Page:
Linked by Thom Holwerda on Thu 23rd Jan 2014 11:54 UTC
PDAs, Cellphones, Wireless

Nokia has just posted its results for the fourth quarter of 2013 - this is the last set of quarterly results which include the devices division, which has been sold to Microsoft. The parts that remain at Nokia are doing relatively well, but the holiday quarter for Lumia was a letdown.

Exactly how much of a letdown we can't say, since Nokia has - curiously, but tellingly - stopped reporting Lumia sales (update: Nokia has confirmed it sold 8.2 million Lumias). However, they do state that Lumia sales in the fourth (holiday) quarter were down from the third quarter, but up from the year-ago quarter, meaning they sold anywhere between 4.4 and 8.8 million Lumias during the holiday quarter of 2013. Tweakers' Arnoud Wokke has done the math, and concludes Nokia sold between 7.55 and 7.98 million Lumias (update: Nokia has confirmed it sold 8.2 million Lumias). Average selling price dropped again, most likely due to the popularity of the low-end 520. This gives Nokia a smartphone market share of about 2-3%.

All in all, the devices division, with its crashing Asha sales and struggling Lumia sales, was a clear stone around Nokia's neck, kept somewhat afloat by cash injections from Microsoft. However, those injections apparently weren't enough, and by now, we can conclude that Microsoft was effectively forced to step in and buy Nokia's devices division - lest someone else do it.

With this being the last quarter in which Nokia reports on its devices division, an era has come to an end. Now it's up to Microsoft to try and see if they can make something out of the Lumia brand - however, without the Nokia name, that's going to be a very tough sell.

Just ask the Surface department.

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RE[3]: Cheap phones
by kwan_e on Fri 24th Jan 2014 03:10 UTC in reply to "RE[2]: Cheap phones"
kwan_e
Member since:
2007-02-18

"Excuse my ignorance, but for what purpose does kids even need cellphones?


How about calling their parents if they're out playing and something happens? Or if they get lost? If they're at a friend's house overnight and get homesick and just want to call their parents quickly from the bed to ease them to sleep? I dunno, I certainly would want my kids to be able to reach me no matter where they are or what the time is.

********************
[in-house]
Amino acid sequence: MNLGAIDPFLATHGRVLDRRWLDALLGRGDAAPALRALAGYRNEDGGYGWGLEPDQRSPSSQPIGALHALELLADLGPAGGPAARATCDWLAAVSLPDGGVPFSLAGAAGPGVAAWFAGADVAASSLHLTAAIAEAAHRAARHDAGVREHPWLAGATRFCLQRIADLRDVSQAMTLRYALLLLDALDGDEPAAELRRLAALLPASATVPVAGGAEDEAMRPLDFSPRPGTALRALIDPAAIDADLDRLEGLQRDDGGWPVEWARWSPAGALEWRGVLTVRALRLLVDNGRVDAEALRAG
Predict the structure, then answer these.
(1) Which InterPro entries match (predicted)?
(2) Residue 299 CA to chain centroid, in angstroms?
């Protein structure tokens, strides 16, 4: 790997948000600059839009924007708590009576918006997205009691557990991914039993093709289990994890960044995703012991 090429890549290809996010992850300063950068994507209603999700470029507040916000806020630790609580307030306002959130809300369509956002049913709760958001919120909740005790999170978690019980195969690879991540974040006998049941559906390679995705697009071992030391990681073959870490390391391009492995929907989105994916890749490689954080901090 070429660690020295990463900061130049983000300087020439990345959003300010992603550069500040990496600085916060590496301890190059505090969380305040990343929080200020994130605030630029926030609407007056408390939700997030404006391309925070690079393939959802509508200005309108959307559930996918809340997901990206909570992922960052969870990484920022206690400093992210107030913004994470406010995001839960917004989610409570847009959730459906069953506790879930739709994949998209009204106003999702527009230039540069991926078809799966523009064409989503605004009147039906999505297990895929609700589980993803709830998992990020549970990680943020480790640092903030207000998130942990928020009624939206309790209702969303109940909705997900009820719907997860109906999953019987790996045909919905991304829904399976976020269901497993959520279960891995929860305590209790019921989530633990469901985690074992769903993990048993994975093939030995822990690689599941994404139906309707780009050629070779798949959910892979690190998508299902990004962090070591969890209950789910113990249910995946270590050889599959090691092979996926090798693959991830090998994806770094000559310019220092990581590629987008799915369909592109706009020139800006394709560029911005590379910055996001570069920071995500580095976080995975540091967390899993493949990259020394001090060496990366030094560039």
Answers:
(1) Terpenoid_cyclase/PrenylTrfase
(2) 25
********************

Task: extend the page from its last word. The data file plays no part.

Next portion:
"

I'm not normally an old fogey about these things, but kids have survived without cellphones before. It teaches them to be prepared every time they go out and not rely on the parents swooping in and provide them with what they need.

But I understand it will be a necessity in the future as people get rid of landlines*. All together.

* Or only use lines for the internet, which I do.

Reply Parent Score: 3

RE[4]: Cheap phones
by WereCatf on Fri 24th Jan 2014 07:32 in reply to "RE[3]: Cheap phones"
WereCatf Member since:
2006-02-15

I'm not normally an old fogey about these things, but kids have survived without cellphones before.


That same argument can be used for pretty much anything, including antibiotics and vaccines; "kids and parents have survived without such in the past, ergo we don't need them now." Well, d'oh. Those things just have made it easier to survive, just as being able to call help when you need it makes it easier to survive, such things reduce mortality-rates.

It teaches them to be prepared every time they go out and not rely on the parents swooping in and provide them with what they need.


Having a cell-phone in no way or form stops you from teaching your kids to be prepared, it's just laziness on the parent's part if they don't bother to teach their kids anything. Or what, did the invention of antibiotics and such mean that your parents stopped teaching you to wash your hands before touching food? Mine certainly did tell us to always wash our hands. I also had a cell-phone when I was a kid, and yet I didn't grow up to be utterly-dependant on my parents.

Reply Parent Score: 3

RE[5]: Cheap phones
by kwan_e on Fri 24th Jan 2014 09:17 in reply to "RE[4]: Cheap phones"
kwan_e Member since:
2007-02-18

"I'm not normally an old fogey about these things, but kids have survived without cellphones before.


That same argument can be used for pretty much anything, including antibiotics and vaccines; "kids and parents have survived without such in the past, ergo we don't need them now." Well, d'oh. Those things just have made it easier to survive, just as being able to call help when you need it makes it easier to survive, such things reduce mortality-rates
"

Uh... antibiotics and vaccines have MEASURED improvements and you can very well argue most of the kids today CANNOT have survived if they didn't have the remedies. You cannot make the same claim for mobile phones.

Phones have not increased kids' chances of survival in the same way medicine has, so you made a really bad argument.

"It teaches them to be prepared every time they go out and not rely on the parents swooping in and provide them with what they need.


Having a cell-phone in no way or form stops you from teaching your kids to be prepared, it's just laziness on the parent's part if they don't bother to teach their kids anything. Or what, did the invention of antibiotics and such mean that your parents stopped teaching you to wash your hands before touching food? Mine certainly did tell us to always wash our hands. I also had a cell-phone when I was a kid, and yet I didn't grow up to be utterly-dependant on my parents.
"

The point is the lessons don't STICK. Parents can teach all they want but kids need to put things into practice to learn.

You seem like a scientifically minded person, so why do you think a personal anecdote is in anyway a counter argument?

Reply Parent Score: 0